During a prebuy inspection flight, the airline transport pilot reduced engine power to test the Airbike’s slow-speed handling characteristics. He then increased the throttle to restore full engine power, but the engine seemed to “bog down” and lose power.
He then lowered the airplane’s nose and engine power was restored.
The pilot then chose to return to the airport in Ocean Springs, Mississippi, and while on approach, the engine again began to lose power, but lowering the nose did not increase the rpm this time.
The pilot realized the airplane would be unable to reach the airport, so he conducted an off-airport landing in a residential area. The airplane hit a fence.
A post-accident engine run revealed that, after running at various power settings, when the power was reduced, the engine bogged down and backfired through the power takeoff (PTO) carburetor, and the rpm would not increase.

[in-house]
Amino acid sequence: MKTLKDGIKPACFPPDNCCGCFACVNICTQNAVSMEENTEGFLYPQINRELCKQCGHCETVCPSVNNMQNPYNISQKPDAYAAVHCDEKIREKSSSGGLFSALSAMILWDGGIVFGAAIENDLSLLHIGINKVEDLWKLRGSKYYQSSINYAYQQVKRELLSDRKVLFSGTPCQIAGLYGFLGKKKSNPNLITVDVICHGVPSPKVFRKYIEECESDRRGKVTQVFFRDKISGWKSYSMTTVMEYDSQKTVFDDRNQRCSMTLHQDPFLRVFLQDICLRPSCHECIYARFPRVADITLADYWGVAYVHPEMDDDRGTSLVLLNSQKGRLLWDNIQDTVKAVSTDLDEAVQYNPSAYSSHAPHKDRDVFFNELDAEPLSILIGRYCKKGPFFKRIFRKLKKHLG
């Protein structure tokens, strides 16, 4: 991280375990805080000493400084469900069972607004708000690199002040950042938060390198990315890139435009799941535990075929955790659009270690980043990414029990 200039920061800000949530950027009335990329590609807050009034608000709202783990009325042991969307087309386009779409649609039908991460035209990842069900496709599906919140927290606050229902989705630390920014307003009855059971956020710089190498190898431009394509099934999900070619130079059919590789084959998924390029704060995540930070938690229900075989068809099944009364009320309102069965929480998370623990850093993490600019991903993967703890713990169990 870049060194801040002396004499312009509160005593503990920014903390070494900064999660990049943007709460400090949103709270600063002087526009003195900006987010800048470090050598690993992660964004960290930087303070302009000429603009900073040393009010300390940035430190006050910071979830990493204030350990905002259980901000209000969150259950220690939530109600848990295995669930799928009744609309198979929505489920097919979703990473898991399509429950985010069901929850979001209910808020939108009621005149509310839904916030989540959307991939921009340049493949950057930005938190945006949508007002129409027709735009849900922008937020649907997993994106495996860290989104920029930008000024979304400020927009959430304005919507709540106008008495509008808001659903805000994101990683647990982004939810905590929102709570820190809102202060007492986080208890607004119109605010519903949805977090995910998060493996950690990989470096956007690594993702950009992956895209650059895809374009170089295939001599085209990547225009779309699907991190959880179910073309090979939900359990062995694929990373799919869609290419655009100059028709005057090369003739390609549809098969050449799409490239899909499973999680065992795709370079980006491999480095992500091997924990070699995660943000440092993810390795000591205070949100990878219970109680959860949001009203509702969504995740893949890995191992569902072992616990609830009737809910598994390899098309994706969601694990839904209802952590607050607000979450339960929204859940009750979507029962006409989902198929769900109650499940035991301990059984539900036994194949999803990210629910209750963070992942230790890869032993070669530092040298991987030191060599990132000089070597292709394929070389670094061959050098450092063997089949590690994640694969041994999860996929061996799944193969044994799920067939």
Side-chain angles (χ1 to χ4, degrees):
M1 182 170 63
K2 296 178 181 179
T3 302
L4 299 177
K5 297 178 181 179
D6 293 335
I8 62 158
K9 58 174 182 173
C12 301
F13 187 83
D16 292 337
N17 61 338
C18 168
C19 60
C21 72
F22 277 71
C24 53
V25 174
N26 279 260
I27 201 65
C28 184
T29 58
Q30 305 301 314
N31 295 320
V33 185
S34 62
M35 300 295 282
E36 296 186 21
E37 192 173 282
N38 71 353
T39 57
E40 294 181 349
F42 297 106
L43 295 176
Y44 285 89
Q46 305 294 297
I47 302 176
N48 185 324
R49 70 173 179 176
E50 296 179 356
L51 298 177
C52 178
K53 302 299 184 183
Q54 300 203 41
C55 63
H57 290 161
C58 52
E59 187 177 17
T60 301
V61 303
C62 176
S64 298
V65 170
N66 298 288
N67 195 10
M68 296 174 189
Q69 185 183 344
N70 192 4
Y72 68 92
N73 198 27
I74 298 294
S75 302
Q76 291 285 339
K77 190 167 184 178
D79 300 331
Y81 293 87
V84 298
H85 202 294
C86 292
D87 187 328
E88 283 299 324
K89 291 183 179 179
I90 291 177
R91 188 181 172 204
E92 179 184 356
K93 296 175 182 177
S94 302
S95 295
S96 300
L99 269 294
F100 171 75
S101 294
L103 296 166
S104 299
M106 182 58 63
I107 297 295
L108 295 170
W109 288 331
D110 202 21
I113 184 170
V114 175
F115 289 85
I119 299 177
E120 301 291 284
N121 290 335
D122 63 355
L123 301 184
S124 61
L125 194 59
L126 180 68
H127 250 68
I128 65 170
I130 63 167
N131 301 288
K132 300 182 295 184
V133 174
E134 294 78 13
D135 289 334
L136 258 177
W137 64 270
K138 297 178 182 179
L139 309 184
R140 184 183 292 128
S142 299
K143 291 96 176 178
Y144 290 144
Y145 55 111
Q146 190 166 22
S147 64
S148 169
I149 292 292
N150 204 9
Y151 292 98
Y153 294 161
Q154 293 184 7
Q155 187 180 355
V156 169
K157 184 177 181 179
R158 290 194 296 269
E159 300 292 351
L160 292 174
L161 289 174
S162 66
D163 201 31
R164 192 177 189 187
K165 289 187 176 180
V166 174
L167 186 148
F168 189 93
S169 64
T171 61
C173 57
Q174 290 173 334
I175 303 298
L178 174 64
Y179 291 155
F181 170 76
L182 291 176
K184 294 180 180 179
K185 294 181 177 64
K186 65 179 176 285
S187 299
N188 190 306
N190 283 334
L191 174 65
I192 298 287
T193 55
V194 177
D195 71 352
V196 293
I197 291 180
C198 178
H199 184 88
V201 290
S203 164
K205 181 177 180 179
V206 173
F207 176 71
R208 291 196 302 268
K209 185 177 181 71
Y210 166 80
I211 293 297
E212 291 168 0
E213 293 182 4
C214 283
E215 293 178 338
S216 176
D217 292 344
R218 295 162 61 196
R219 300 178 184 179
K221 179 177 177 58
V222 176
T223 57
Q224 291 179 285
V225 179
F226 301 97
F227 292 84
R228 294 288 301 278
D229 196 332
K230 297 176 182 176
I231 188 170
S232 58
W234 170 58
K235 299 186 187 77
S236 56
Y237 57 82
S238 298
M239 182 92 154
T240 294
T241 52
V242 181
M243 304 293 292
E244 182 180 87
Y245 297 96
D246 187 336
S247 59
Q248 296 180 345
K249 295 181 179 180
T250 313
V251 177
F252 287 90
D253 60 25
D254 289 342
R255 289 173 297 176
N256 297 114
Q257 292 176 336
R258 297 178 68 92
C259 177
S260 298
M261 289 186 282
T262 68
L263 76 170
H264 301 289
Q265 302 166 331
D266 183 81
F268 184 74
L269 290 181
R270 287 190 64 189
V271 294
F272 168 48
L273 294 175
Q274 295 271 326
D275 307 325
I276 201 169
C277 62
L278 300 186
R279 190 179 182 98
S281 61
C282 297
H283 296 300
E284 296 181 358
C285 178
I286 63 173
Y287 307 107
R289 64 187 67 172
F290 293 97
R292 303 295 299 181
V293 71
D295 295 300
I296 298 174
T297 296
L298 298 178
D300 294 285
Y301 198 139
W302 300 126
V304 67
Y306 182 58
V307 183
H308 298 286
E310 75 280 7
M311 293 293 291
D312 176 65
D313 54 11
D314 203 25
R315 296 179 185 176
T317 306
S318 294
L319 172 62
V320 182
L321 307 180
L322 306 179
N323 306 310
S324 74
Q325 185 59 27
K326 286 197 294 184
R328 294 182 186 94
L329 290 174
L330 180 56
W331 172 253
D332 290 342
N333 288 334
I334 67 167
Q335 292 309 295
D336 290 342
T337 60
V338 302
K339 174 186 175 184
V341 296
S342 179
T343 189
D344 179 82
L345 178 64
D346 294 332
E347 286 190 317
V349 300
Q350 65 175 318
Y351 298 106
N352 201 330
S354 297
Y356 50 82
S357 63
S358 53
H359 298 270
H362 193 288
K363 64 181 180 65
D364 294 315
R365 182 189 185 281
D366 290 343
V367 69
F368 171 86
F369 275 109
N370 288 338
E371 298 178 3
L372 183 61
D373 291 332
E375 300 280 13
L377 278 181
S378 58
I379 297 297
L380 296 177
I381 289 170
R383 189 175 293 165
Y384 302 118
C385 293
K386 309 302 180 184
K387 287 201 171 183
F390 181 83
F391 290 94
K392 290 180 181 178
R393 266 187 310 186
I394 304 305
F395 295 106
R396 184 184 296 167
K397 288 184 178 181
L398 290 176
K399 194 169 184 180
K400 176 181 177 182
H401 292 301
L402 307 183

The PTO cylinder ignition coil was replaced with a serviceable coil, and the engine was restarted for several minutes and run through various power setting. The engine accelerated normally without backfiring, hesitating, or stumbling.
It is likely that, during the accident flight, the PTO cylinder ignition coil broke down, which resulted in an intermittent spark at the PTO spark plug and a partial loss of engine power.
Probable cause: An intermittent failure of the power takeoff cylinder ignition coil, which resulted in a partial loss of engine power.
NTSB Identification: ANC18LA002
This October 2017 accident report is provided by the National Transportation Safety Board. Published as an educational tool, it is intended to help pilots learn from the misfortunes of others.